At the first Celebrate, Educate & Appreciate Diversity Conference at Eastern Oregon University, about 30 people attended — five of whom were conference organizers. Bennie Moses-Mesubed, EOU’s director of student diversity and inclusion, said she thinks many people attended because they were giving away two free iPads.
Now in its ninth year, the CEAD Conference is expecting approximately 210 attendees at the day-long event Saturday, including an estimated 170 students and representatives from Oregon Humanities, the Asian American Chamber of Commerce in Portland and Blue Mountain Community College.
The “freebies” are no longer the main draw, Moses-Mesubed said.
This year’s conference features diversity and inclusion workshops with an emphasis on social justice, leadership and empowerment. Check-in begins at 8:30 a.m., and all activities take place in Badgley Hall on EOU’s campus in La Grande.
The diversity conference will kick off with a keynote at 9 a.m. in Huber Auditorium from Bill Imada. Imada is the founder, chairman and chief connectivity officer of IW Group, a minority-owned communications firm in Los Angeles. Senior EOU student Cooper Shaw, who is on the conference committee, said he is particularly excited for Imada’s presentation.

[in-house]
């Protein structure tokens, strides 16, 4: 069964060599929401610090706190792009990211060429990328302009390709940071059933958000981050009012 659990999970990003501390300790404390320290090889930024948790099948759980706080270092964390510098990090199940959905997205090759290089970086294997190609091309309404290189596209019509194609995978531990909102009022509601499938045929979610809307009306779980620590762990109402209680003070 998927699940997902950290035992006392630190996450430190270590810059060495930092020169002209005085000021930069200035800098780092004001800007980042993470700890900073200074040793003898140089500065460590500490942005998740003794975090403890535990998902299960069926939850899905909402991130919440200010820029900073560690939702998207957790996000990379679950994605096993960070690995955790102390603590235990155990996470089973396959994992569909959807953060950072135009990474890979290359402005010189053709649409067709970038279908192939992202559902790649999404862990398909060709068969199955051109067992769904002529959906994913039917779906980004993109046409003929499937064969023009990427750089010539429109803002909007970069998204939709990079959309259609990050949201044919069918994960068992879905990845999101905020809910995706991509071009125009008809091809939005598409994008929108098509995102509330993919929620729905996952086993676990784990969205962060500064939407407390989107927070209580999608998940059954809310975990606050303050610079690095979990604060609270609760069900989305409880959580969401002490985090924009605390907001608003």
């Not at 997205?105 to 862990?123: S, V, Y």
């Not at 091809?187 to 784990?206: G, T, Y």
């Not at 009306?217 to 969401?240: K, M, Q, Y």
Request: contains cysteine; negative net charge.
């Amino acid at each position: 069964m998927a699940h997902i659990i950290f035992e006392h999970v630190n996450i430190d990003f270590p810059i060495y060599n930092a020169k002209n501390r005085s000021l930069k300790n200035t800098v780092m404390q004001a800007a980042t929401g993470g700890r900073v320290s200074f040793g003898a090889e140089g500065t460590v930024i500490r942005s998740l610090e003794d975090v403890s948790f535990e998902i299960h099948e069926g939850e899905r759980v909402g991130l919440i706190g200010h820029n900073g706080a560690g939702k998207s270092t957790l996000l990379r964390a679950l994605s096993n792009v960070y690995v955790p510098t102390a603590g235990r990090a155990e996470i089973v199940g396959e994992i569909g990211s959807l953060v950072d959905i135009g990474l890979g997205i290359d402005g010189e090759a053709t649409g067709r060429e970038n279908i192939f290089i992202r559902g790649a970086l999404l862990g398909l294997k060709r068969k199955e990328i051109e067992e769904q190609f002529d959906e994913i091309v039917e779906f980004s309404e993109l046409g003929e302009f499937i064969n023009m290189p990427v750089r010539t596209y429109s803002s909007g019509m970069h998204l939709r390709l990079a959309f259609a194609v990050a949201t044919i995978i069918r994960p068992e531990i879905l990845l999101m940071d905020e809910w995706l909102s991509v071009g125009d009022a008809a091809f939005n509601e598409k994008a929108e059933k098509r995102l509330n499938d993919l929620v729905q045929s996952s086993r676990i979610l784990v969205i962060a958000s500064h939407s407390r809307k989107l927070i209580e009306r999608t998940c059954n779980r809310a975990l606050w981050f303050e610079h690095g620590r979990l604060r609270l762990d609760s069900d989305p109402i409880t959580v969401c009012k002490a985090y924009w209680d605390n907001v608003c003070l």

“I think he’s going to give a different outlook,” Shaw said. “I think it’s going to be inspiring for a lot of different people. He has a lot of experience with business and starting new organizations.”
Imada’s firm works with many of the top brands in the world including Coca-Cola, Lexus, McDonald’s and Walt Disney. He was also appointed by President Barack Obama to serve on the President’s Advisory Commission on Asian Americans and Pacific Islanders in 2014.
Next, there will be four workshop sessions led by presenters from around the country. One of the four, titled “From Whitetopia to Northwest Nice: Power, Privilege and Racial Diversity in Oregon,” will be led by Emily Drew, an associate professor of sociology and ethnic studies at Willamette University in Salem. The workshop will explore the issues of “exclusion, exploitation and disempowerment of communities of color” in the context of Oregon’s history.
The second keynote speaker, Temple Jordan, is an inspirational speaker and diversity, equity and inclusion consultant. Shaw said he expects Jordan’s presentation to be brimming with excitement
“I heard she’s really optimistic and brings a new type of energy to a big crowd of people,” Shaw said.
The second session of workshops will follow Jordan and are highlighted by a presentation from Pepe Moscoso, a Portland-based community arts producer. Moscoso’s work explores inclusion, identity, diversity and personal narrative in a variety of art forms.
“He’s going to bring a visual aspect that I think a lot of people will be able to connect to,” Shaw said.
Overall, the goal of the conference is to give students at EOU and community members a chance to learn from each other’s diverse life experiences.
“It’s really centered around people learning about different topics that are not necessarily talked about and brought up a lot,” Shaw said. “It’s really educational.”
See complete story in Friday's Observer